I’m a believer in what I call 21st century CRAVE (Curiosity, Range, Adaptability, Versatility, Eclectic) qualities. I have lived in 10 cities across the world in the last two decades. During this multi-stop journey, I’ve developed a deep interest in technology, economics, entrepreneurship, sports, music, politics, movies and human behaviour - and everything that sits at their intersection. My taste in music, food, movies has only widened with the expedition that life is. I have learned to believe that: A) In a world of accelerating change, the agile will thrive. It’s like playing a racing game (‘Need for Speed’ was the most popular when I was growing up) at the highest levels. Reaction time is very little; you gotta be sharp and quick. B) Combinatorial innovation (using multiple disparate ideas or technologies) is a powerful force. People who can creatively connect disjointed dots will create the most impact. Being curious and learning about multiple things sharpens combinatorial instincts.
I moved to the SF Bay Area to attend Stanford. It was a great time to be in the Silicon Valley. Watching what was happening in arguably the mecca of innovation inspired me with a crystal ball to imagine where India could be in the next few decades. Later, I joined Tencent and split my time between China and India. Mobile in these corridors, I have come to believe that technology will be the linchpin around which the future of our country will turn and move forward. Technology will have an outsized impact on India’s economy, more so than almost anywhere else in the world.
India is a unique market opportunity. Enough ink and bits have been wasted drawing parallels between India and the western world. What works here may not work elsewhere and vice-versa. I have seen the best of founders exercise a combination of prudence, patience and passion to succeed in India.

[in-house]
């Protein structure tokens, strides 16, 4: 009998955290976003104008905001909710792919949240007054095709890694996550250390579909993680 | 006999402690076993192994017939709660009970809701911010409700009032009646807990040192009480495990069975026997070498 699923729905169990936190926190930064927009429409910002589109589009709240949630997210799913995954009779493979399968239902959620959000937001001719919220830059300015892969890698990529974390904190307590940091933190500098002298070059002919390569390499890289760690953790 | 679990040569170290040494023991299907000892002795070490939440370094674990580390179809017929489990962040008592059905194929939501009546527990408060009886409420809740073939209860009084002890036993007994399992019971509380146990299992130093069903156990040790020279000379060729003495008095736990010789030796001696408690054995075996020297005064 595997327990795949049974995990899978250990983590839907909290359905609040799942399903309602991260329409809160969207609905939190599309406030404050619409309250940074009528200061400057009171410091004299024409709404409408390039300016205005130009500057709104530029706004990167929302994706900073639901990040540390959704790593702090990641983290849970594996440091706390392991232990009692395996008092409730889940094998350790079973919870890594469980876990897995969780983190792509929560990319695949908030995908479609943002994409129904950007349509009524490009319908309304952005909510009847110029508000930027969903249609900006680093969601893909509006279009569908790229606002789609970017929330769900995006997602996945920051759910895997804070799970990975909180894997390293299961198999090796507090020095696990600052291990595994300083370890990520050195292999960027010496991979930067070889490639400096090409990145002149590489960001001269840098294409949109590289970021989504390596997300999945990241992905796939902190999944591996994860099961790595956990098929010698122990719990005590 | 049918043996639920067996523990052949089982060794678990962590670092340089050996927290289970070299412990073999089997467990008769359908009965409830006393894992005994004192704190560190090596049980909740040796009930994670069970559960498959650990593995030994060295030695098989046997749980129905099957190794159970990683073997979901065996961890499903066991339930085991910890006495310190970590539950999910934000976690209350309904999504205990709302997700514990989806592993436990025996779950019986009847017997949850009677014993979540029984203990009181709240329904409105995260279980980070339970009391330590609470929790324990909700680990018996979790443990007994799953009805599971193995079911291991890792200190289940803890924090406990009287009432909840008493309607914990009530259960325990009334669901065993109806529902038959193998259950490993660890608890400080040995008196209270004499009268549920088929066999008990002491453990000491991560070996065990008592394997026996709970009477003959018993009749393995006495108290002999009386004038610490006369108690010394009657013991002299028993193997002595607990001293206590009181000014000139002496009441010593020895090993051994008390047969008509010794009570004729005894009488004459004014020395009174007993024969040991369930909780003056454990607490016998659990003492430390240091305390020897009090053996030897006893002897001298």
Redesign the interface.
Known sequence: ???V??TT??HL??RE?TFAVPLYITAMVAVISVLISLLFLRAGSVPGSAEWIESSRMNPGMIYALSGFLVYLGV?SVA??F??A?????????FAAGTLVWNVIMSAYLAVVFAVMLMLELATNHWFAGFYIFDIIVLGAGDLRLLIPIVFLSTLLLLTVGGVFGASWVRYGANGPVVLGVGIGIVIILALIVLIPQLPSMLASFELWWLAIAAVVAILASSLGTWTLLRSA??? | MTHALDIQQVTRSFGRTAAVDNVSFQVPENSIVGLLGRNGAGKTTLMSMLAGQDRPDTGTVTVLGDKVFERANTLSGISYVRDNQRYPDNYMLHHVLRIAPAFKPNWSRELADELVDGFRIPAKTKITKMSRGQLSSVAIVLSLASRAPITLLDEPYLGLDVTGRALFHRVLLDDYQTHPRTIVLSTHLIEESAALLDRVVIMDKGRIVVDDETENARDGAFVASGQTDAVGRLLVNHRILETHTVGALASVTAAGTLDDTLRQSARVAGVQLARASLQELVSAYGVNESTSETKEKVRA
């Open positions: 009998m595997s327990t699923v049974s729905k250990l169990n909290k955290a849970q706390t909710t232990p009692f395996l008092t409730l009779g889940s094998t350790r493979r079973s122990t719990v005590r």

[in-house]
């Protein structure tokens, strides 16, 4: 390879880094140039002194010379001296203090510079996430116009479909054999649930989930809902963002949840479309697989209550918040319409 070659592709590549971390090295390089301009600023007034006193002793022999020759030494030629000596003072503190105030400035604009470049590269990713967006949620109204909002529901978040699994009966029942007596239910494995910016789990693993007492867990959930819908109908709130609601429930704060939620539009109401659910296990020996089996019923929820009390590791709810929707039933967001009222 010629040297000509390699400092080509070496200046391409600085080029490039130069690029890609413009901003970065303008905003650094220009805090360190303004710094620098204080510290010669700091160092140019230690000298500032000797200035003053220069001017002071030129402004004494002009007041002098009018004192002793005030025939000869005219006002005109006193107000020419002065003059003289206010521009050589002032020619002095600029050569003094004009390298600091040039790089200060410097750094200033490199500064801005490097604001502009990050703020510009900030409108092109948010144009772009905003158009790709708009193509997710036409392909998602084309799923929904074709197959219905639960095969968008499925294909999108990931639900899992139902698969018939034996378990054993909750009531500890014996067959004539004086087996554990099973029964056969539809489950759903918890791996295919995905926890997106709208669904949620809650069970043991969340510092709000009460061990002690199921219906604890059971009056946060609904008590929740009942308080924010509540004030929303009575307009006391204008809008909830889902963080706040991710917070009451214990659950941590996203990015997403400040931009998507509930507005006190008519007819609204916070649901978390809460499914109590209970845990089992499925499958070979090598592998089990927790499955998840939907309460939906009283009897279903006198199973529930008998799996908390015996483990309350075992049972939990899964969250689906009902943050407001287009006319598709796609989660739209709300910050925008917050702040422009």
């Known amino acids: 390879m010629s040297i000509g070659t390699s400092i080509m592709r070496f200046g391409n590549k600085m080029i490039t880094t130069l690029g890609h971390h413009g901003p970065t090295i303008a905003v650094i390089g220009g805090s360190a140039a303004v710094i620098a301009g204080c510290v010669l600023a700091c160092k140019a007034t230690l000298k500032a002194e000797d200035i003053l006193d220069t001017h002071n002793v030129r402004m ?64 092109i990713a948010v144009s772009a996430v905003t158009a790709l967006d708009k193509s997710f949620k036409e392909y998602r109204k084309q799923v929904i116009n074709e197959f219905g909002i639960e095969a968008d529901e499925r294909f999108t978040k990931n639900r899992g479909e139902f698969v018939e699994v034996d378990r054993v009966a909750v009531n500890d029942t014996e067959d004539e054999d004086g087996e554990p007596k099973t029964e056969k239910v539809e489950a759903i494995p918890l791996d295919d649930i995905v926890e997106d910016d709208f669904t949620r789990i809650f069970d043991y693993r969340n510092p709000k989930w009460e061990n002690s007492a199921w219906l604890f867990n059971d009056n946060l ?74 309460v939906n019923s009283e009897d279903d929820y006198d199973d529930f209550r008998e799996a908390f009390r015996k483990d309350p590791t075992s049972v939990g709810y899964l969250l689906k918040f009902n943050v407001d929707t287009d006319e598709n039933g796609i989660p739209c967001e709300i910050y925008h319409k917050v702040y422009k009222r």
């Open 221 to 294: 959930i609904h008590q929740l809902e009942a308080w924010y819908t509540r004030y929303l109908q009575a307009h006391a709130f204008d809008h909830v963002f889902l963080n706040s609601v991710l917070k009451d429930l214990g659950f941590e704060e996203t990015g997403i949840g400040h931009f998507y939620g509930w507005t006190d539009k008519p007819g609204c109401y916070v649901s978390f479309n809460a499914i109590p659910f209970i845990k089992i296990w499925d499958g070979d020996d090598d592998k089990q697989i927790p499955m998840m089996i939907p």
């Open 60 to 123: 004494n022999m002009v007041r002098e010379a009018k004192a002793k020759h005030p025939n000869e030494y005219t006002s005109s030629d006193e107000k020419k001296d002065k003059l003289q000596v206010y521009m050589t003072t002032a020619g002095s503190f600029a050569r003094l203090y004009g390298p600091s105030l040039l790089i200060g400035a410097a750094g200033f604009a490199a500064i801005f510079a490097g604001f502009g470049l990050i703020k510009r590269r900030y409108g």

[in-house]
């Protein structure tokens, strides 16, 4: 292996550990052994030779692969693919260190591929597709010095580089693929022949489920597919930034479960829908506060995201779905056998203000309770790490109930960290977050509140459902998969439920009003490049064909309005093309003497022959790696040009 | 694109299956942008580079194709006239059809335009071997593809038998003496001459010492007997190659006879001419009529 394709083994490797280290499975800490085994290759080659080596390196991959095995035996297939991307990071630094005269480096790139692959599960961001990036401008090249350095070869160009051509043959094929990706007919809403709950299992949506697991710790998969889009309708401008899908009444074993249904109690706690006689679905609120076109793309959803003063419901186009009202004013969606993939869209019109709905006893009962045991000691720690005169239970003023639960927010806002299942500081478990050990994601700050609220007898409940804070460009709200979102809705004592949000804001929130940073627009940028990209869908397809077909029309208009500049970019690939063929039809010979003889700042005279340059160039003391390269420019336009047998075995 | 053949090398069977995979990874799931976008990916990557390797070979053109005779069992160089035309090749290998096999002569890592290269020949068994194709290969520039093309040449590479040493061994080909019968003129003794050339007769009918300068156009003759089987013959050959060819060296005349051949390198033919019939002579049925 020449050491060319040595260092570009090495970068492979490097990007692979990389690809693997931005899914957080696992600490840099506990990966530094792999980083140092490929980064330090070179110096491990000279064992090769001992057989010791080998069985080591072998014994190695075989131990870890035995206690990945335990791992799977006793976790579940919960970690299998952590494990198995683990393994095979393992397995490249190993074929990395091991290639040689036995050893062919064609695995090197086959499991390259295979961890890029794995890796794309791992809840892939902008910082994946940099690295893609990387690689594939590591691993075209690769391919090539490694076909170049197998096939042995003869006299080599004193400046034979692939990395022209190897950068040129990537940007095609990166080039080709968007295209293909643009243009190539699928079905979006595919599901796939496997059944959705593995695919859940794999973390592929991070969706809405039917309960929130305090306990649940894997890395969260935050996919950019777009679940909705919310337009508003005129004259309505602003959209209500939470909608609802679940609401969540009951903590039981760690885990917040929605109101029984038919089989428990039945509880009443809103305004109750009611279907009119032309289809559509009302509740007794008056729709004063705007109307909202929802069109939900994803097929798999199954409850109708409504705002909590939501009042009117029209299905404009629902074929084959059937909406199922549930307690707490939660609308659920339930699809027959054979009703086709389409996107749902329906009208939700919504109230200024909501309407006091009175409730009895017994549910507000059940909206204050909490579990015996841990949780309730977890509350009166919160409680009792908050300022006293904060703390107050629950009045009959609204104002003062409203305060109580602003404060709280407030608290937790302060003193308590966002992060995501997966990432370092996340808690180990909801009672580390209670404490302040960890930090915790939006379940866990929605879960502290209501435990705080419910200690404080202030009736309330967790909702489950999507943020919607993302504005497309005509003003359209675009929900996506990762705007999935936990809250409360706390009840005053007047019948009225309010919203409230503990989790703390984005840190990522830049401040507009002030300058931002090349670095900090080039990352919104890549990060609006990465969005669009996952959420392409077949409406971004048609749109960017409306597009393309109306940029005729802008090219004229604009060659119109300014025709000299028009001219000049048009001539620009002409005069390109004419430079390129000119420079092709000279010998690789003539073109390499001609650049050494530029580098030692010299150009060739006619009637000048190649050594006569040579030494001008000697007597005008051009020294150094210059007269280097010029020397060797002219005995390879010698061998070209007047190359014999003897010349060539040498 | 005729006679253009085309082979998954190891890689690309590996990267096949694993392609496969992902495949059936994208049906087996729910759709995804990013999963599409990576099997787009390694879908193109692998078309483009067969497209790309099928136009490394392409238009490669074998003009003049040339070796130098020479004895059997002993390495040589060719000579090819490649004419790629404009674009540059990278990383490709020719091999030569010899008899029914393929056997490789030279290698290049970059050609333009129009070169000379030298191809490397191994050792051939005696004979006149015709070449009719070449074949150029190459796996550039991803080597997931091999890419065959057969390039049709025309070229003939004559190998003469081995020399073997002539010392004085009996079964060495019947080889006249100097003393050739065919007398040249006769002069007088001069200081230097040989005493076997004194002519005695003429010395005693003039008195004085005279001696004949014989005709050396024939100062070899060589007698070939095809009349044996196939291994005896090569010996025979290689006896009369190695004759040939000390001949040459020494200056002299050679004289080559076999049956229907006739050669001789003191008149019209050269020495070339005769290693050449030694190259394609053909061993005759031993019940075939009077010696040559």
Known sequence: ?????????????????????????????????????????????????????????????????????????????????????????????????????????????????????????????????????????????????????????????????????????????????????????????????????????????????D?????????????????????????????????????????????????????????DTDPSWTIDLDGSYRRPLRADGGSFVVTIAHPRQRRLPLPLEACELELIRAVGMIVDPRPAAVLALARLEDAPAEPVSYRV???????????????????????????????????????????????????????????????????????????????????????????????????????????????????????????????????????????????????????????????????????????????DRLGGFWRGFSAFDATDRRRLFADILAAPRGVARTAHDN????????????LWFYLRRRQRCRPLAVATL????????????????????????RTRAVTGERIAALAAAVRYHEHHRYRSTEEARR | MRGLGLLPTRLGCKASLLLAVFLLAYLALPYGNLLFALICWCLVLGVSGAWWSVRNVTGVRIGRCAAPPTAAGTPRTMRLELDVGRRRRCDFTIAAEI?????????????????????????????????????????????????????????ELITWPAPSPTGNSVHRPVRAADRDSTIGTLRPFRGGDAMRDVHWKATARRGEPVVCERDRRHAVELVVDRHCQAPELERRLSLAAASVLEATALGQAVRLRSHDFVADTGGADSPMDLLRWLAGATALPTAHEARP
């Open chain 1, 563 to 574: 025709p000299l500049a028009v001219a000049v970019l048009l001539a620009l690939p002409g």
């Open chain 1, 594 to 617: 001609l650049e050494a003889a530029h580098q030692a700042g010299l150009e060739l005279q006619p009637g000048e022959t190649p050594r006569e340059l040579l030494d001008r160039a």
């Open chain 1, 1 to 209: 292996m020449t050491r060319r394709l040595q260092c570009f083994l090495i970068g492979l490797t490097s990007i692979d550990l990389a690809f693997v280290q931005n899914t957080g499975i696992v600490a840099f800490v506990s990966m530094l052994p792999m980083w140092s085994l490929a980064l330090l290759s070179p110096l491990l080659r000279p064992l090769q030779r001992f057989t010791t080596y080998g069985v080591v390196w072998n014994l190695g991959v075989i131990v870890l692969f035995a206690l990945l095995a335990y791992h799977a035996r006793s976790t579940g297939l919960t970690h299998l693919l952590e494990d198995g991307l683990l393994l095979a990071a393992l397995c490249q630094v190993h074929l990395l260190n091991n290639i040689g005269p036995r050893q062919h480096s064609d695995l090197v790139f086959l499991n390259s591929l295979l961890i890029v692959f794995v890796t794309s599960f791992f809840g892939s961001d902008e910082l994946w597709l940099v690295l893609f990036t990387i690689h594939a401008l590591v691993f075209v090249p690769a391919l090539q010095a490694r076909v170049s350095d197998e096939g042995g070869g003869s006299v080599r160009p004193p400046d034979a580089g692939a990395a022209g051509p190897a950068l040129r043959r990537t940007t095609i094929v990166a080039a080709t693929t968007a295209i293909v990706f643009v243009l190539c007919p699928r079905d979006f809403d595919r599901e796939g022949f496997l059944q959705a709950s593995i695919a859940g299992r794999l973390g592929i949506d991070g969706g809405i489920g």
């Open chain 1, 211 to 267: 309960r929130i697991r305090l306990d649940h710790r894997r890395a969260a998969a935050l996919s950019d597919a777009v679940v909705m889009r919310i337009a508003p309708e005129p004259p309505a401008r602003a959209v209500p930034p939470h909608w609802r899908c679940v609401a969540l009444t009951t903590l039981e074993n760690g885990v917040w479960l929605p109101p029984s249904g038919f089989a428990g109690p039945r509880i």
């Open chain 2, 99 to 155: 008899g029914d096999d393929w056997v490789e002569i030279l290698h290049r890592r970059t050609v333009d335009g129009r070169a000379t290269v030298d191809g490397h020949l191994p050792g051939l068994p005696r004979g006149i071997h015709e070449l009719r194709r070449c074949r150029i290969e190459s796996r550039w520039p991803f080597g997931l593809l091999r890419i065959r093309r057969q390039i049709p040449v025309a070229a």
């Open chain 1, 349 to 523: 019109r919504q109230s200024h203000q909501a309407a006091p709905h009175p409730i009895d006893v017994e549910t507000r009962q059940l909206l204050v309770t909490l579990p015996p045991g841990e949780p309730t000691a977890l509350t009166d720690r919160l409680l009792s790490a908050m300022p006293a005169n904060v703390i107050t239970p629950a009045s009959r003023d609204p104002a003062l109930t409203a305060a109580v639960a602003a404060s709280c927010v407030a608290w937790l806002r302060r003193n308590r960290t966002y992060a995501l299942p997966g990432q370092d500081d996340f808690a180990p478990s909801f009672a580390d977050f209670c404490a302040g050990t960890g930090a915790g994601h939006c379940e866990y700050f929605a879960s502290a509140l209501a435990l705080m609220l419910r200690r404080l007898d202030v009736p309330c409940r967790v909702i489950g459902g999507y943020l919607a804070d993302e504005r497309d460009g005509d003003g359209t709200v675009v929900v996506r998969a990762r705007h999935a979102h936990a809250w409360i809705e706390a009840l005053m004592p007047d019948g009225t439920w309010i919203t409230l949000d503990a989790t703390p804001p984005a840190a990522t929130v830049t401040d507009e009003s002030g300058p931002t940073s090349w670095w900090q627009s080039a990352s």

Founders are the architects of future, talent and capital are the raw materials and culture is the design. The phrase ‘tomorrow will be better than yesterday’ has become axiomatic in a growing country like India. That is because at any given point in time, someone, somewhere, is challenging the past, tinkering with the present and conjuring up the future. The founders that are most successful are the ones who can attract, motivate and retain the best people and capital; and the ones who think culture first.
I enjoy working with founders who are delusional dreamers, insanely ambitious and carry a unique vision for the future. I derive energy working with such founders who are attempting to turn things on their head in order to deliver a “fundamentally superior” experience for their customers or clients.
It’s exciting to look horizontally and cross-pollinate ideas and principles from one business to another. At Sequoia, we are fortunate to see a wide cross-section of sectors, companies and innovation, as well as work with founders who see the world in unique ways. It is immensely gratifying when something I learned from working with one founder can help another founder who’s in a different sector. I love to be this carrier. That’s probably the most exciting part of our job.